One way to protect yourself, she says, is to take a B vitamin supplement — with at least 400 micrograms of folic acid daily.
“All of the B vitamins work together in a very complicated metabolic pathway and they need each other — so if you are not going to get your source in foods, then a vitamin supplement is a must,” says Heller.
Sondike agrees and says that, “Any time you are on a weight-loss diet you need a good multivitamin, regardless of whether you are limiting your carbohydrate intake or not,” he says.
Although there has been some evidence that a low-carb diet can also take its toll on calcium levels, Sondike says that fortunately, this is usually only on a short-term basis.
“Your body will often shift metabolism when you do something different to it — but it equalizes — you see a rapid shift and a return to normal — and the longer-term studies show normal results in this area,” says Sondike. Still, he tells WebMD it’s a “smart idea” to take a calcium supplement beginning at the start of your low-carb diet to safeguard against a possible deficiency. Tofu can also be a good source of calcium.
Another mineral you may want to supplement is potassium. While there is no concrete evidence that a dramatic potassium loss occurs on a low-carb regimen, Sondike says to ensure against problems he recommends patients use Morton’s Light Salt — a potassium chloride product that he says can add back any of this important mineral that’s lost. Eating a few almonds is also a good way to supplement this mineral without adding carbs to your diet.
Finally, if you stick to your low-carb diet via the use of prepackaged foods, experts say read the label carefully to avoid ingredients that are notoriously responsible for gastrointestinal upsets, and especially excess gas. Among the worst offenders: sugar alcohol, found in sweeteners such as sorbitol.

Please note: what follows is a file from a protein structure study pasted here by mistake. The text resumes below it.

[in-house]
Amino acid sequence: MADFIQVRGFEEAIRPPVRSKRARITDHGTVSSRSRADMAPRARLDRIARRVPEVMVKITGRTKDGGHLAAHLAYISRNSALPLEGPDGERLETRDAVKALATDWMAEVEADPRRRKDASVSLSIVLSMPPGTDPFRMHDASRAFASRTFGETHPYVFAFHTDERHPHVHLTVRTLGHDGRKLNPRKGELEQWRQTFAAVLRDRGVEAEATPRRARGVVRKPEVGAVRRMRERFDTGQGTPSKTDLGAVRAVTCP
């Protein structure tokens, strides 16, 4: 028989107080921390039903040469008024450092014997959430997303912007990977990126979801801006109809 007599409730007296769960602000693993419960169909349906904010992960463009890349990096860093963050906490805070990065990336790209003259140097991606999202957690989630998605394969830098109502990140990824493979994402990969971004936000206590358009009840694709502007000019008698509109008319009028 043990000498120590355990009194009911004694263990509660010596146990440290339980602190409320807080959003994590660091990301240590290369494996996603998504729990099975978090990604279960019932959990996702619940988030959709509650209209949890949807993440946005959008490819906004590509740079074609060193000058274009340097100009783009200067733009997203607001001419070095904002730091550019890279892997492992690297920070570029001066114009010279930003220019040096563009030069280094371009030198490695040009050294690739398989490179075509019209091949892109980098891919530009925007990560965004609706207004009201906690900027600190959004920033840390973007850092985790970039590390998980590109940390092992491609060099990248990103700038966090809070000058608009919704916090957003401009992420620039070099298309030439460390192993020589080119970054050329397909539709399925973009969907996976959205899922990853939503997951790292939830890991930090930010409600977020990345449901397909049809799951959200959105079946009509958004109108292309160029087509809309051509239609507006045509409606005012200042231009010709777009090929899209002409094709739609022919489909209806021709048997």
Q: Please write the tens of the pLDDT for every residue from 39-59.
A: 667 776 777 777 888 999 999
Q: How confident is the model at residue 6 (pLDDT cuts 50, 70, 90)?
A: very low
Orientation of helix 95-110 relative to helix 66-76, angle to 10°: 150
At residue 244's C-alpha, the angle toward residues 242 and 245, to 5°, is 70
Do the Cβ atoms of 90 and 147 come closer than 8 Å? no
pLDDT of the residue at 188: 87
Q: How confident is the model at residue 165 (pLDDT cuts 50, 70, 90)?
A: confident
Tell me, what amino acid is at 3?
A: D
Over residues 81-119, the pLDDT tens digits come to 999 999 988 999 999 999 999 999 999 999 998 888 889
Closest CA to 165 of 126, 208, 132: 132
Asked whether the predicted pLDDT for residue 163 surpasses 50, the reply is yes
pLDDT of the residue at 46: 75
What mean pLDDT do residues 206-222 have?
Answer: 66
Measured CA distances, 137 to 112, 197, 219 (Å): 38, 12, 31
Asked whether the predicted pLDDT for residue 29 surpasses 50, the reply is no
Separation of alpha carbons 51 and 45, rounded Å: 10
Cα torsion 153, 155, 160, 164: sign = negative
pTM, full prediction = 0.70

“Anything above 10 grams or more of sorbitol at a time has been shown to cause gastrointestinal upset — and some of these low-carb diet foods have as much as 30 grams a serving,” says Heller. While it won’t make you violently ill, she says, it can make you — and those in the same room — pretty uncomfortable.
Is a no carb, low carb or moderate carb diet the best choice for someone living with diabetes? This is a question I’m asked almost daily, and today I will try to answer it by sharing my experiences with all three diet types.
Before I jump into the different diets, let’s get the obvious answer out of the way which is “it depends”. The diet that is best for you will always depend on your goals and activity level – the diet that works for you might not work for me, and vice versa. If you are trying to build strength and muscles, you shouldn’t follow the same diet as when you are trying to lose weight.
In the same way, someone who runs every day has different dietary requirements to someone who sits in an office all day and doesn’t exercise.
Now that we have that out of the way, let’s get into the details of the different diets!